Three types of data interview questions
There are three main types of data interview questions. We’ll break each down in detail in the following pages.
Dig into a change in metrics to uncover why it changed.
Decide what metric a product should optimize for and why.
Identify, compare or use growth levers for a feature or product.

Note these types of questions go by many different names at different companies. For example, Facebook has a mix of these under an Execution Interview header, Thumbtack calls these Analytical Interviews, and here at Coda we have a Marketecture Interview. The reality is these questions types aren’t as discrete as I outline here, but exist on a spectrum. That said, I’ve found these three types useful as “corners of the tent” to show a range of problem solving formats, with the more common case somewhere in the middle.

Three simple steps to frame your answers
Here’s my simple framework to use on all of these questions:
Step 1:
set context.
Reiterate and clarify goals, constraints, and important factors to the problem or solutions.
Step 2:
go broad.
Brainstorm solutions to the prompt, get more constraints from the interviewer if appropriate, and discuss pros and cons.
Step 3:
Select your solution. Describe mitigators, things that would change your answer, and followups.

My friend
@Dina Levitan
pointed out this is similar to
. Here’s what this looks like applied to each kind of question:
Question type
The arc of this question
Step 1: set context.
Clarify your understanding. Ask follow-up questions to better diagnose what is going on.
Step 2: go broad
. Through the process of digging in, articulate a range of hypotheses. Describe the key data points for verifying what is going on.
Step 3: converge
. Settle on one hypothesis and flesh it out with more detail. Propose a few solutions given the hypothesis, and select and justify one for execution. Discuss how you'd measure that your solution is working.
Step 1: set context.
Describe the highest level mission and business goal of the product. You'll derive your goal setting metrics from this. Discuss your different user types and which are core vs growth areas.
Step 2: go broad.
Propose a few candidate high level metrics that could illustrate progress towards the mission. Discuss flaws and pros/cons with each metric, and ways to mitigate the downsides.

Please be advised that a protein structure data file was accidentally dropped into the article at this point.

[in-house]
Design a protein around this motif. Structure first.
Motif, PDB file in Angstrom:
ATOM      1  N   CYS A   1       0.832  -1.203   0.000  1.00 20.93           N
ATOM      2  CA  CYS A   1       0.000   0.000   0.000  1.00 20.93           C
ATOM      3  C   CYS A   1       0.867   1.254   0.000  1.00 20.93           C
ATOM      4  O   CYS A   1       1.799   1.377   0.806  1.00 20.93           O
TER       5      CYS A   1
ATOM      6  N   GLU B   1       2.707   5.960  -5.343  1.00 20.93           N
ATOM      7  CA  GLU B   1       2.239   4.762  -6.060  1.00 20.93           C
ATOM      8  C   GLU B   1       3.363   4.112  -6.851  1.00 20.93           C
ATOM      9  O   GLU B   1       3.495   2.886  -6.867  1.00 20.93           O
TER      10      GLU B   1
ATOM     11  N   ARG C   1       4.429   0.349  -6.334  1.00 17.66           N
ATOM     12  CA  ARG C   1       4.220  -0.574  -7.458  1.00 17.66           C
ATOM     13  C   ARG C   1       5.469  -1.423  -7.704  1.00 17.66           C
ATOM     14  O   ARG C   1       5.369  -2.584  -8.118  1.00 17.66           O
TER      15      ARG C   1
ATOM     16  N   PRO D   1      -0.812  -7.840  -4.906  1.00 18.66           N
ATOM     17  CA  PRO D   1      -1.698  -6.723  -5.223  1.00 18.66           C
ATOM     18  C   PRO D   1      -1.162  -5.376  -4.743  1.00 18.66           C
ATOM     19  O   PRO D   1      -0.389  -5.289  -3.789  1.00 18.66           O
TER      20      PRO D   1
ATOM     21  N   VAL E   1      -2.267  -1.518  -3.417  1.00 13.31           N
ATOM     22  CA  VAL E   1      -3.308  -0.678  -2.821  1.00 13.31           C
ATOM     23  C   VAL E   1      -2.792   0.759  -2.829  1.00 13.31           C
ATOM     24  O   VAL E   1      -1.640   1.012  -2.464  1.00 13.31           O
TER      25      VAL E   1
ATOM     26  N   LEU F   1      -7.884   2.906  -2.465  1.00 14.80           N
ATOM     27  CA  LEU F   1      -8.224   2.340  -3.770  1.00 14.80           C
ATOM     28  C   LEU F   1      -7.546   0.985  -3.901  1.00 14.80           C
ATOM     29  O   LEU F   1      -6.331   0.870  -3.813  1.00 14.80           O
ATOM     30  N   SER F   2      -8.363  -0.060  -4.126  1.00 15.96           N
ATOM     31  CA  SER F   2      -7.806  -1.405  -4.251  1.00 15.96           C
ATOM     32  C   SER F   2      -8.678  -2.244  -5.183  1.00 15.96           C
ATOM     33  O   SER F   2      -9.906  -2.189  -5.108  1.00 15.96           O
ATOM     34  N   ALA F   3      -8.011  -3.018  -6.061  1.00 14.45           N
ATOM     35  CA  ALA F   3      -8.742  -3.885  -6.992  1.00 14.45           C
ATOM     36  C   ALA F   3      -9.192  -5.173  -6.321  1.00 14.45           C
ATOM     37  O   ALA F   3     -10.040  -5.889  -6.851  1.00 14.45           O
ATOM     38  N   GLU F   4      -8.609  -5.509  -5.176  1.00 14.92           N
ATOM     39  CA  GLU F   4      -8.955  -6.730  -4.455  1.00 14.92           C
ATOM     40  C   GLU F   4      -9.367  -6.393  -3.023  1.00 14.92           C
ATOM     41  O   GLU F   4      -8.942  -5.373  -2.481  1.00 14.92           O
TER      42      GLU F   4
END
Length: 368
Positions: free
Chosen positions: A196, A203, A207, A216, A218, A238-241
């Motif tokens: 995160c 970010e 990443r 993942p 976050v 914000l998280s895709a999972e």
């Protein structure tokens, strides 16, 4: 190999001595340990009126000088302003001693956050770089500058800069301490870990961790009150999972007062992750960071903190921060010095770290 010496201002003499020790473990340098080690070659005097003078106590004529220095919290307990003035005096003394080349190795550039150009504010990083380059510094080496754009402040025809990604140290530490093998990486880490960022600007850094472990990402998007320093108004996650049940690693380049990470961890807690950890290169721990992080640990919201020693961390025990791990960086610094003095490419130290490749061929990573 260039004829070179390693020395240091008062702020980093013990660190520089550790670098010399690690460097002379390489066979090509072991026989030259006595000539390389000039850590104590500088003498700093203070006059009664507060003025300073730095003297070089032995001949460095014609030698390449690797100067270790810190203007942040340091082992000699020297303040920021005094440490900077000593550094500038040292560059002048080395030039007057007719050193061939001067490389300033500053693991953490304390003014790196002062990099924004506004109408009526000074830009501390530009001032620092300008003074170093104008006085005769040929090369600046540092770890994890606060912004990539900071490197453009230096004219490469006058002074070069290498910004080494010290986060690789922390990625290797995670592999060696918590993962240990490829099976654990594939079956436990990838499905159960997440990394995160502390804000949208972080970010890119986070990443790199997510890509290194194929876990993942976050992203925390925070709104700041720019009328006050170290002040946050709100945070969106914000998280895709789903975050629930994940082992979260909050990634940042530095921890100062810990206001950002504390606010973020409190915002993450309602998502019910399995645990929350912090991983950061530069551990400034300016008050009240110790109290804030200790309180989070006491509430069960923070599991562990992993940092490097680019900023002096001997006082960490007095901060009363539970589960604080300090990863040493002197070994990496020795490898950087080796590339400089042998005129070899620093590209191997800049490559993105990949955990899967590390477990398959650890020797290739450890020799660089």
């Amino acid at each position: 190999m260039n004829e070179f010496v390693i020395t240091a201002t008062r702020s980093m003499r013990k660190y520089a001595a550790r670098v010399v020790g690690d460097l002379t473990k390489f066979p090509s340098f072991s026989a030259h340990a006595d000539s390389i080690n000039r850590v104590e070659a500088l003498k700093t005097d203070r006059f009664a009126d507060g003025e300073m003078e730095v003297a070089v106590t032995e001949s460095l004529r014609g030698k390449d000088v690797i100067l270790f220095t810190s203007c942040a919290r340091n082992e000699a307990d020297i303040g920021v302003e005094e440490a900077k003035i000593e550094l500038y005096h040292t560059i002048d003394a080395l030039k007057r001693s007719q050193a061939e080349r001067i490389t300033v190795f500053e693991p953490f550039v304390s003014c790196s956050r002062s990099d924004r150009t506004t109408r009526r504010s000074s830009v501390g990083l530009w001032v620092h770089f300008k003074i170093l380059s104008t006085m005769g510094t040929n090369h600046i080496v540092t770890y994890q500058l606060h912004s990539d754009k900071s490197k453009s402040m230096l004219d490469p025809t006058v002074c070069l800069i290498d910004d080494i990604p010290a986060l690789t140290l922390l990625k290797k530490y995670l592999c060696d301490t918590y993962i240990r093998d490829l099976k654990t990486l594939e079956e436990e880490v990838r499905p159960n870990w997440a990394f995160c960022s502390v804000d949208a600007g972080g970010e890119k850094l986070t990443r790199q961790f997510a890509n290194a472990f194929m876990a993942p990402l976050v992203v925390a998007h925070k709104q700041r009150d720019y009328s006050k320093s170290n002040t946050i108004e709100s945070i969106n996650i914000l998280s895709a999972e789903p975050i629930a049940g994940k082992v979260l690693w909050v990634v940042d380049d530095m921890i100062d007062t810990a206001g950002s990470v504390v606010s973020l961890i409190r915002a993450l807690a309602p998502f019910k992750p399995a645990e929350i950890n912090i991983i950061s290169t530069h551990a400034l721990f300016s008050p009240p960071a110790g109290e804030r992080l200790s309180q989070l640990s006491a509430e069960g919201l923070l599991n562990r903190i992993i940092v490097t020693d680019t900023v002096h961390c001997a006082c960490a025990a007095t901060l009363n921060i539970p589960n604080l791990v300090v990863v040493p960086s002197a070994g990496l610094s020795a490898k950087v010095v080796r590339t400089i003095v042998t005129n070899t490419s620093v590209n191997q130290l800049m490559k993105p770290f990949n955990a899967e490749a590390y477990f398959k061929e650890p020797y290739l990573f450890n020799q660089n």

Step 3: converge.
Select the final choice of key metric, and describe a process and secondary metrics that you could use to prevent "overfitting" to the metric.
Step 1: set context.
State your product mission, business goal, and highest level metric. Describe who your product's different user types are and why they use the product today.
Step 2: go broad.
Return to the growth question and propose a few different approaches, and discuss pros and cons.
Step 3: converge.
Select one of your approaches. Describe mitigating factors and learnings or new information that could change your approach.
There are no rows in this table

It’s worth calling out that having a good framework for your answer is necessary but not enough by itself. There’s a common type of poor interviewee who is overly focused on a high level framework, and fails to engage in the gritty detailed discussion and trade-offs of concrete options and ideas. Don’t be “just a framework person” - make sure you continue to connect it back to the details.

If it sounds too simple and easy, you’re half right. It is simple, but it’s not easy. Like most things, it comes down to how you do it. The best way to do it well is to practice. 👇

Practice makes perfect
Interviewing is a skill that, like all skills, you get better at the more you do it. One of the best ways to practice is to go through sample questions with friends or colleagues and have them give you feedback. Getting more examples under your belt always helps. In that spirit, we’ll walk through example questions together and analyze a range of different sample answers. Or you can skip ahead to the
. Read on to the next pages for more detailed tear-downs per question type:

👉 Next, let’s jump into